The next election
Theodore H. White in 1963: “No trumpets call Americans to the polls. Mostly they stand in line quietly, shuffling slowly to the 164,000 polls, where a penciled mark, a lever pulled, sums up heritage and impulse, hope, greed and fear. Almost a million Americans have died in battle to defend this way of life.”
It’s not easy to make a case that this election year redeemed the sacrifice of lives White described. So, it’s useful to look both backward and forward to decide what went wrong and what we should do in the future. And consider that there’s still time to make the best of this election.
Keep in mind what you dislike about the political system. If it’s politicians pitting people against each other, politicians refusing to work with the other side to get things done for the public, politicians using emotionally loaded terms to cause more and more polarization that leads to more and more stalemate that they then exploit, then it is important that you not reward that kind of behavior. Those people know how to manipulate us, to appeal to our worst instincts, to generate resentment and get us to vote for their dubious agendas. If we do not show restraint, if we go along with their games, we will get more of the same.
Don’t be influenced by last minute claims and charges. There’s a reason they are saved for the end—because it is difficult to respond in time. Assume that last minute charges are false.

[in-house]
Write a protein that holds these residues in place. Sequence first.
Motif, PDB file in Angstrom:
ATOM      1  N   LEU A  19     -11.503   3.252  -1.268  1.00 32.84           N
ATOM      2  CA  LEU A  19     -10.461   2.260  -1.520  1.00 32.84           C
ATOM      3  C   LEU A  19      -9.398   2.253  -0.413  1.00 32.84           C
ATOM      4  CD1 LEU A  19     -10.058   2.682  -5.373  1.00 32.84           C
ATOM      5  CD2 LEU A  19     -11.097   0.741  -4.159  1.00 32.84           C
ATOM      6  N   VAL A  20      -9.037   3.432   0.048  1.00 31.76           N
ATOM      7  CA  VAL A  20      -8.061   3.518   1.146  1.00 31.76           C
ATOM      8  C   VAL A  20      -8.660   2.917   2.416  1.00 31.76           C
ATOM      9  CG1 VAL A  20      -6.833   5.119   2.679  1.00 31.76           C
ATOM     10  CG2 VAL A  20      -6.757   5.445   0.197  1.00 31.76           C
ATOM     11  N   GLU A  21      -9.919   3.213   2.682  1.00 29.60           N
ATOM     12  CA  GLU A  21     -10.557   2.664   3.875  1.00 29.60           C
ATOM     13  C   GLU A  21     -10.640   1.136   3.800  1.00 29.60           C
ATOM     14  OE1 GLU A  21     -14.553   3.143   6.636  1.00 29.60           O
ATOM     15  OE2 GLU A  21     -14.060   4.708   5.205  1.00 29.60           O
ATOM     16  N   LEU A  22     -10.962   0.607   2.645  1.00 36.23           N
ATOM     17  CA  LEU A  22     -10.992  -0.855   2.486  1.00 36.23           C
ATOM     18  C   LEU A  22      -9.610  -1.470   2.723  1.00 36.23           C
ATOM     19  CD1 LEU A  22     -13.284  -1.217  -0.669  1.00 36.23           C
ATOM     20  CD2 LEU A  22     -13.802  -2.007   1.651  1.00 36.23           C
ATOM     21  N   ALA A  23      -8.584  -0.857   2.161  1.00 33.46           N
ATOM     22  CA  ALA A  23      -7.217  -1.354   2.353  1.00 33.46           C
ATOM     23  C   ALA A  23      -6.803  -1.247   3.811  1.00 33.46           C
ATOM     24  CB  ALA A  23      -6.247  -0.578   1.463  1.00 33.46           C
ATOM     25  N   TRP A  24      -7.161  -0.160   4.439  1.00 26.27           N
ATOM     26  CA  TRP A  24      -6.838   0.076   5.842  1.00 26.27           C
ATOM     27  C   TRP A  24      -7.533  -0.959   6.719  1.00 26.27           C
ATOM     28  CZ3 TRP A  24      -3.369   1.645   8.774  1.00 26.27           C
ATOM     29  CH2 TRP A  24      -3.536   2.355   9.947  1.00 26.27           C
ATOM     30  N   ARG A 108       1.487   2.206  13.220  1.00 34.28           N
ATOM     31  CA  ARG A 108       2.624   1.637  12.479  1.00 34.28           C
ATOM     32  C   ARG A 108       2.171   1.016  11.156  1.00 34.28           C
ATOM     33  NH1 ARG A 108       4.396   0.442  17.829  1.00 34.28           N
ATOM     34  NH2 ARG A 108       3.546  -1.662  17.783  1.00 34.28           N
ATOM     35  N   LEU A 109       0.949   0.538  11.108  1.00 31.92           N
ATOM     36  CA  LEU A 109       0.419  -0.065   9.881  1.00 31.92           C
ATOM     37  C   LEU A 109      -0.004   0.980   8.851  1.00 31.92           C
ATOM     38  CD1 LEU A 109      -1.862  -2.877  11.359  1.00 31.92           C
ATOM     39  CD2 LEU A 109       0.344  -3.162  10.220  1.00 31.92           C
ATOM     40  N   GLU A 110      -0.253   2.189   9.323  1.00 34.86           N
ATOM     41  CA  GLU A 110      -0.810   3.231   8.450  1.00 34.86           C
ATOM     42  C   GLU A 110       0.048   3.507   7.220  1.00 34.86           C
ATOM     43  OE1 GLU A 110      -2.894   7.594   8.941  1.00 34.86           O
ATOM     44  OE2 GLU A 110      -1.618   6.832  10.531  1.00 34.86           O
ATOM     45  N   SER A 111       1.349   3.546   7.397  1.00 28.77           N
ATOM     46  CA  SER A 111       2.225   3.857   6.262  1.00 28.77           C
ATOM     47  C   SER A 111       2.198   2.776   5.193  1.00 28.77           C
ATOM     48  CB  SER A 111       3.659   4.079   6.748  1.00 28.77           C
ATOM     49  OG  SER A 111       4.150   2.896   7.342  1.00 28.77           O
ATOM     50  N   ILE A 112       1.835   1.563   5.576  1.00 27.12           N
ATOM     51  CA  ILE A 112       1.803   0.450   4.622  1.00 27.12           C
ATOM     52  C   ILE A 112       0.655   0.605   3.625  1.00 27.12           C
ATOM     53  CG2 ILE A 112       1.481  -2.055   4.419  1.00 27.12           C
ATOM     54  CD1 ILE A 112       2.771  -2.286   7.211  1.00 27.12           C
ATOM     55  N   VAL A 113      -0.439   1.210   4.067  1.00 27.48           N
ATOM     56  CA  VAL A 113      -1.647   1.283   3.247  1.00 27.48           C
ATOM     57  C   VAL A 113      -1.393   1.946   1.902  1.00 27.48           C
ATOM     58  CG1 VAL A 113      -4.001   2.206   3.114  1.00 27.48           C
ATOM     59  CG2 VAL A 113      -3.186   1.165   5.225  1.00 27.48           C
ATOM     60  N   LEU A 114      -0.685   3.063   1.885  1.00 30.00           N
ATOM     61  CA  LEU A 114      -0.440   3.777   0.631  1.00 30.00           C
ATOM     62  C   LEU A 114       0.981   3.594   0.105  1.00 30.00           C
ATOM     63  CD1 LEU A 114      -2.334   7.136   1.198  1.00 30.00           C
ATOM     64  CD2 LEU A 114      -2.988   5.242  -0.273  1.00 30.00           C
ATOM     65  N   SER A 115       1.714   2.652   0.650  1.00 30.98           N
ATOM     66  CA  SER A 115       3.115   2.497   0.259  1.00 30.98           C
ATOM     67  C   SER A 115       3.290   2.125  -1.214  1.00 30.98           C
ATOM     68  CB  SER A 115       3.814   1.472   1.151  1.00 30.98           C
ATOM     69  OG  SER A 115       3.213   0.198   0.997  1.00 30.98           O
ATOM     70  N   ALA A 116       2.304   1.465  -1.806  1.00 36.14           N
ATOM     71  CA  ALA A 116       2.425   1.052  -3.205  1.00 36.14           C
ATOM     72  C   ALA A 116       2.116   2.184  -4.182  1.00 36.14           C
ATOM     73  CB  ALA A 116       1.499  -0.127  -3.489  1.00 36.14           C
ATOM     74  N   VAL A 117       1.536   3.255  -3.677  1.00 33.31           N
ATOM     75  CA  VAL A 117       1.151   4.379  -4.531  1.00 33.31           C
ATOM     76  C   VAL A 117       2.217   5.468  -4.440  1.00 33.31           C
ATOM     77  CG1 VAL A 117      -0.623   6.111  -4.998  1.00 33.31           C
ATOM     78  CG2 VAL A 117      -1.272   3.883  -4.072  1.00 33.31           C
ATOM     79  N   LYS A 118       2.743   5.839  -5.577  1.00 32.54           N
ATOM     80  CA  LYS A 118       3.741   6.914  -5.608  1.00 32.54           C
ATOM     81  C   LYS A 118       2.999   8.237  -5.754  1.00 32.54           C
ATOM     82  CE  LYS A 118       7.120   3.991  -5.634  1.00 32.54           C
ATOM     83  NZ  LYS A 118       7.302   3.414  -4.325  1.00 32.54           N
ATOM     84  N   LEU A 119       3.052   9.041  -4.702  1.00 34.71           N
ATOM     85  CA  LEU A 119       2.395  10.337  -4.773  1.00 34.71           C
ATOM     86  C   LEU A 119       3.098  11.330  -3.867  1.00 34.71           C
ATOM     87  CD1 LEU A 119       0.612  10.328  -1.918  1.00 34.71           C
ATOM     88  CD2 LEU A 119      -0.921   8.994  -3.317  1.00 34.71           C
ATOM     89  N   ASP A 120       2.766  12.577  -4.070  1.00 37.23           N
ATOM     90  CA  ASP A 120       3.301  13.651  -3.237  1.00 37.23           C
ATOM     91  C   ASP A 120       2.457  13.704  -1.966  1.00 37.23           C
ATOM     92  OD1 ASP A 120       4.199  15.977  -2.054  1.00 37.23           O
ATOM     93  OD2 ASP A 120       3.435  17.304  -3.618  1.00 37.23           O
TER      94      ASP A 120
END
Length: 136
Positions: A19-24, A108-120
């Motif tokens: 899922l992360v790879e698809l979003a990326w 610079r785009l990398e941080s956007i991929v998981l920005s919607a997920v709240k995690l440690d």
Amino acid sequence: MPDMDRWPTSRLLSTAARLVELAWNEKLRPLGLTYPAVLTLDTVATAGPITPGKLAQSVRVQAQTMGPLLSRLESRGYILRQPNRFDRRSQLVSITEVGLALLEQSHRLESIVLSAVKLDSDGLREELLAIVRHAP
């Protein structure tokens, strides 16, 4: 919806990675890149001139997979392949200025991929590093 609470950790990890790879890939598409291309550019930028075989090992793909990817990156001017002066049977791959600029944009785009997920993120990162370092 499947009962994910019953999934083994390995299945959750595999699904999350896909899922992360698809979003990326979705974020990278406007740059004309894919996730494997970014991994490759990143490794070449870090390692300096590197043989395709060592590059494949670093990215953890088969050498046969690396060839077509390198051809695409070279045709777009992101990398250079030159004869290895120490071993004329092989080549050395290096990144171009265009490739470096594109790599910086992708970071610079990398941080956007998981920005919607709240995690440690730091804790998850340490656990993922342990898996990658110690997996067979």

Now, how did this year go so wrong? Delegates to the national nominating conventions used to be free agents. Now they are less so, bound to party dictates. In previous years, Democrats might have decided that the symbolism of breaking a glass ceiling was less important than electability if the needs of the party came first. Republicans might have decided that stopping a demogogic bigot was more important than following the outcomes of primaries and caucuses if the needs of the nation came first.
It might be that the notion of political parties themselves has outlived its usefulness. Is there any reason for having candidates listed on the ballot along with their affiliation to a private organization? Perhaps it is time to simply list all candidates in the primary election and narrow it to two also-unaffiliated candidates in the general election. If the parties want to affect the outcome, fine, but not with privileged status. We don’t list candidates’ affiliations with professional associations or local groups. Who needs parties in 2016?
To be sure, prying the prerogatives of the parties out of the election laws the party have spent decades inserting themselves into will not be easy. But most people have long since lost any connection to political parties. They register with one so they will get to vote on more offices in the primary. If primaries stop being party primaries, no one will have to register with a party.
Whatever it takes, we need something to change so we don’t live through another election year like this one.